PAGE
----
[Currents headergraphic]

June 23, 1997


Chancellor M.R.C. Greenwood earned notice recently in the world's two leading science journals, Science and Nature. Greenwood was one of the principal sources in a special news report in Science about possible reforms in the National Research Council, the operating arm of three prestigious scientific academies. In Nature, she commented about an expanded role for the National Science Board. Greenwood is one of 24 members of that board, which helps coordinate the government's policy on research.

Science also featured astrophysicists Doug Lin and Peter Bodenheimer in a long article about how planets might form around other stars. The pair's theories, the article made clear, are regarded as among the best in the world.

And Michael Soulé, professor emeritus of environmental studies, was quoted in a Science article about the possibility of cloning endangered species. Soulé fears that talk of cloning could distract attention from the urgent matter of habitat preservation.

Psychologist and penal system expert Craig Haney has been on the media circuit lately, fielding calls from the New York Times and National Public Radio about Timothy McVeigh's death sentence. He was quoted in a Santa Rosa Press Democrat article about the penalty phase of the trial of convicted murderer Robert Scully. The slaying occurred five days after Scully's release on parole from Pelican Bay Prison, and Haney testified about the "high level of brutality" at the prison.

The leading science magazine in Denmark, Illustreret Videnskab, pictured and quoted our own astronomer Sandy Faber in a colorful supplement about the Hubble Space Telescope. We have no idea what Sandy said, but we're sure it was appropriately cosmic.

Psychologist, and sometimes historian, Melanie Mayer was a consultant for a documentary about the Klondike gold rush, titled Gold Fever, which aired on PBS as part of the American Experience series. Mayer advised PBS on women's roles in the gold rush.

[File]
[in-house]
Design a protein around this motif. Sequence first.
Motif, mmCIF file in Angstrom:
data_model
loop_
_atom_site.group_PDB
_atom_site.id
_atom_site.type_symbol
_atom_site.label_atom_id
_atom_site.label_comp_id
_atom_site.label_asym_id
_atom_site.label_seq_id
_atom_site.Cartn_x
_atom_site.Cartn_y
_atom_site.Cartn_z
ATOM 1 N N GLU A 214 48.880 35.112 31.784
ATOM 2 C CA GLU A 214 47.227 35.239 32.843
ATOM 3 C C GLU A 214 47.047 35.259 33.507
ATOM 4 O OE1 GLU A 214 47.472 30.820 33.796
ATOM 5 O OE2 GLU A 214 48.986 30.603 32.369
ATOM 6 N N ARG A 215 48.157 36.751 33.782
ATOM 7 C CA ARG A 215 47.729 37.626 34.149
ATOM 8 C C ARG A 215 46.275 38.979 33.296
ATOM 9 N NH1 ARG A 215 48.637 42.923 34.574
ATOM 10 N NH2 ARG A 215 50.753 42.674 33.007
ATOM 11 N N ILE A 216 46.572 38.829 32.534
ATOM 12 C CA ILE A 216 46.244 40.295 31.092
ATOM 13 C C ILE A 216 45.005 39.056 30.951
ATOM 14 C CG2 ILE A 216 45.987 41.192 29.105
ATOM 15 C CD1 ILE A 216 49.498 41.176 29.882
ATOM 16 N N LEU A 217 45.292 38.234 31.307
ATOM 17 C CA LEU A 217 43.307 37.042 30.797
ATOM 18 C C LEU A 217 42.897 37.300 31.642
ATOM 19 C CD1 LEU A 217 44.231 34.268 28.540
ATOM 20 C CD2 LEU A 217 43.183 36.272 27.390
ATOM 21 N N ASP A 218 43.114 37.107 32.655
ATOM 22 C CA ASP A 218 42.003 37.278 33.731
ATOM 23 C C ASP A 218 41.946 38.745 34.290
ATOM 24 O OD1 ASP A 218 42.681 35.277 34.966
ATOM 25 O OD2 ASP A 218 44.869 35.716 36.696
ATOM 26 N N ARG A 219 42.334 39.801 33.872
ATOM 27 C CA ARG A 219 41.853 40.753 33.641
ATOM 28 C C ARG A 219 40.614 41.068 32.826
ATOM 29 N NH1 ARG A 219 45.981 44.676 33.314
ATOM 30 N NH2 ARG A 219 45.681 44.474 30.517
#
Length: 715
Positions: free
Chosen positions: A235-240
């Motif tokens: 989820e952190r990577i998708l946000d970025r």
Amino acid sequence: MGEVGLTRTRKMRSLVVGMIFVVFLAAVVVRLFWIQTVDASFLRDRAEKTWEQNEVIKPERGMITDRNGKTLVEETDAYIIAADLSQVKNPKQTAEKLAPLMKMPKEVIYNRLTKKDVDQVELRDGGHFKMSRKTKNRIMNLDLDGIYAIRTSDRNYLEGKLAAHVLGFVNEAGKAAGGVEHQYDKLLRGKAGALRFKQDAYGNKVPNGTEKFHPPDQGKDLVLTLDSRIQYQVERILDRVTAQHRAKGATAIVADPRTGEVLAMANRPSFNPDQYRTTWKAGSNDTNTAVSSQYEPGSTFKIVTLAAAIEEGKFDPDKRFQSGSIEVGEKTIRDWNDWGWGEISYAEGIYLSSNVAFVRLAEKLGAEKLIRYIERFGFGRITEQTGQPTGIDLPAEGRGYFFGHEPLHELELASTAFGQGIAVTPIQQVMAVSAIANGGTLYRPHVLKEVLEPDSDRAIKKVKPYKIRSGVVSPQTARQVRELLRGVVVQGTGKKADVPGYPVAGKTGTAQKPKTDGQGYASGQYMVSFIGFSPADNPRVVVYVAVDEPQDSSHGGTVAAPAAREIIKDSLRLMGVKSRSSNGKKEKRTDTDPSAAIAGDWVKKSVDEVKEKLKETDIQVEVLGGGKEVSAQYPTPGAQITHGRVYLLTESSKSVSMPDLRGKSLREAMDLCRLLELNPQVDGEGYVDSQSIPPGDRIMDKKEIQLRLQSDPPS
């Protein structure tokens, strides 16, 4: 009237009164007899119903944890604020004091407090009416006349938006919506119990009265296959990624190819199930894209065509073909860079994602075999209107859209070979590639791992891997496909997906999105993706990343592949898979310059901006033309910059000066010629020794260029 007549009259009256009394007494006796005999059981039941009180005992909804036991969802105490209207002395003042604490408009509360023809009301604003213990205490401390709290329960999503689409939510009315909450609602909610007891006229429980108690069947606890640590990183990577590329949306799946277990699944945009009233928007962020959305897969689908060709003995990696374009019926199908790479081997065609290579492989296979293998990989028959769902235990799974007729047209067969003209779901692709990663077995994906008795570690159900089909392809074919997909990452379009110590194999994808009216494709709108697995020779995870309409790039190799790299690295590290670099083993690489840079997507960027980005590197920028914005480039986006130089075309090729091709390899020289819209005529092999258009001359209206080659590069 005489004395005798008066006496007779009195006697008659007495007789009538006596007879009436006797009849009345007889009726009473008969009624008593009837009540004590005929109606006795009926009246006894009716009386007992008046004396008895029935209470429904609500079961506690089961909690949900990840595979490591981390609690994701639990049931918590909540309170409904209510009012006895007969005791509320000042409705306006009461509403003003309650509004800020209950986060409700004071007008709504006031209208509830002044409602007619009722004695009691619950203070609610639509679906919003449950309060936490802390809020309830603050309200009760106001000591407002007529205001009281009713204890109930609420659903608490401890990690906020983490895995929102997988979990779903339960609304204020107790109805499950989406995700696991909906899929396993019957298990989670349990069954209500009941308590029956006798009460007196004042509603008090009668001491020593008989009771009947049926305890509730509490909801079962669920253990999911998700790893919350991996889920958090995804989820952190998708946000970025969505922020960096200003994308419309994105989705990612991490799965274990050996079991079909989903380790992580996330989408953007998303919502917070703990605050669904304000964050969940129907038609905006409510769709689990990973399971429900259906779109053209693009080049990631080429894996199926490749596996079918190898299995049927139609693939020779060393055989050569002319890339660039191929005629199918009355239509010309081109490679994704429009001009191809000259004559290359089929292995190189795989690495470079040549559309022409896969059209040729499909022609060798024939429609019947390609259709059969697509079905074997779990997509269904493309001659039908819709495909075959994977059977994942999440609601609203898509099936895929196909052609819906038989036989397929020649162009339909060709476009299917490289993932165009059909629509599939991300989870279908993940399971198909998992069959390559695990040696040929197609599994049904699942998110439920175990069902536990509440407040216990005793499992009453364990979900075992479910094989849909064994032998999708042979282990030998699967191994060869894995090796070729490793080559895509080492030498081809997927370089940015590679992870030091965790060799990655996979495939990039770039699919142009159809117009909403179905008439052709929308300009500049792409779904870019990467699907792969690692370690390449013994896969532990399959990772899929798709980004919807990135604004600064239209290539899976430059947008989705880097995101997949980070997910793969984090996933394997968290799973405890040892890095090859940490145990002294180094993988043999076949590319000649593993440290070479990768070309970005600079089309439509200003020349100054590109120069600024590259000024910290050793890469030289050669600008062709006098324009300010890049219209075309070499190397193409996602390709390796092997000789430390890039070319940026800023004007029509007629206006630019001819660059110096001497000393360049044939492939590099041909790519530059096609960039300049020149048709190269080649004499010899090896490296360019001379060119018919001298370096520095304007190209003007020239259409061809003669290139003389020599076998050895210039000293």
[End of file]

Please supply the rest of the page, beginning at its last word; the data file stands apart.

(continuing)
The San Jose Mercury News rang up Brian Walton, director of the Predatory Bird Research Group, for comment about declining levels of DDT in the environment. The front-page story focused on the recoveries of bald eagles, brown pelicans, and peregrine falcons, all of which nearly vanished in the lower 48 states thanks to DDT. Since DDT was banned, the birds have rebounded dramatically. The chemical still lingers, Walton said, but not at high-enough levels to damage the birds' eggs.

Sociologist Dane Archer's knowledge of gestures came in handy recently when the Los Angeles Times interviewed him for an article about human body language.

Math Department chairman Bruce Cooperstein lent his insights to the Santa Cruz County Sentinel for a pair of articles about strategies to raise the state's poor math scores and hire better math teachers. Prospects for the latter, Cooperstein noted, look grim because the number of math majors at universities nationwide has dropped by 50 percent or more.

Susie Bower of Student Organization Advising and Resources and UCSC student Corin Choppin spoke to a reporter from the online newspaper CommunicationsWeek Interactive for an article about the campus's spring student elections on the World Wide Web. The two were also interviewed by the Chronicle of Higher Education. The elections, held from April 28 through May 2, were the first UCSC general elections to be held entirely on the World Wide Web. Choppin, a UCSC senior, acted as election commissioner.

To the Currents home page

To UCSC's home page